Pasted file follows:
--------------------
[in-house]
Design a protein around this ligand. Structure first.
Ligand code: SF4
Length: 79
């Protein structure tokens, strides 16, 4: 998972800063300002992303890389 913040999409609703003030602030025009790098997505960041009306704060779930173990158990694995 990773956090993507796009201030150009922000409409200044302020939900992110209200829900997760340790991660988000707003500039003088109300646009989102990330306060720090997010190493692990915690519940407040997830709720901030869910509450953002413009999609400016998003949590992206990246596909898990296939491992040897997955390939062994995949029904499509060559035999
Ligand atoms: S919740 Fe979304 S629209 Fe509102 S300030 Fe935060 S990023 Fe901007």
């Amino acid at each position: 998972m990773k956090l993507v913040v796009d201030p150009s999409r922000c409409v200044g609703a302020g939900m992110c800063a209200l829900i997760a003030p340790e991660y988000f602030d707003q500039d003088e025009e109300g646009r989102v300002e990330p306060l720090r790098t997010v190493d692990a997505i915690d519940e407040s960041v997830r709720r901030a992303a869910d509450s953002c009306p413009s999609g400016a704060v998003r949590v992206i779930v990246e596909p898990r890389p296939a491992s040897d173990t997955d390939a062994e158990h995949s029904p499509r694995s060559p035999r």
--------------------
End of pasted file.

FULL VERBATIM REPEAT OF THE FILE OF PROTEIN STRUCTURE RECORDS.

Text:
[in-house]
Design a protein around this ligand. Structure first.
Ligand code: SF4
Length: 79
């Protein structure tokens, strides 16, 4: 998972800063300002992303890389 913040999409609703003030602030025009790098997505960041009306704060779930173990158990694995 990773956090993507796009201030150009922000409409200044302020939900992110209200829900997760340790991660988000707003500039003088109300646009989102990330306060720090997010190493692990915690519940407040997830709720901030869910509450953002413009999609400016998003949590992206990246596909898990296939491992040897997955390939062994995949029904499509060559035999
Ligand atoms: S919740 Fe979304 S629209 Fe509102 S300030 Fe935060 S990023 Fe901007």
């Amino acid at each position: 998972m990773k956090l993507v913040v796009d201030p150009s999409r922000c409409v200044g609703a302020g939900m992110c800063a209200l829900i997760a003030p340790e991660y988000f602030d707003q500039d003088e025009e109300g646009r989102v300002e990330p306060l720090r790098t997010v190493d692990a997505i915690d519940e407040s960041v997830r709720r901030a992303a869910d509450s953002c009306p413009s999609g400016a704060v998003r949590v992206i779930v990246e596909p898990r890389p296939a491992s040897d173990t997955d390939a062994e158990h995949s029904p499509r694995s060559p035999r």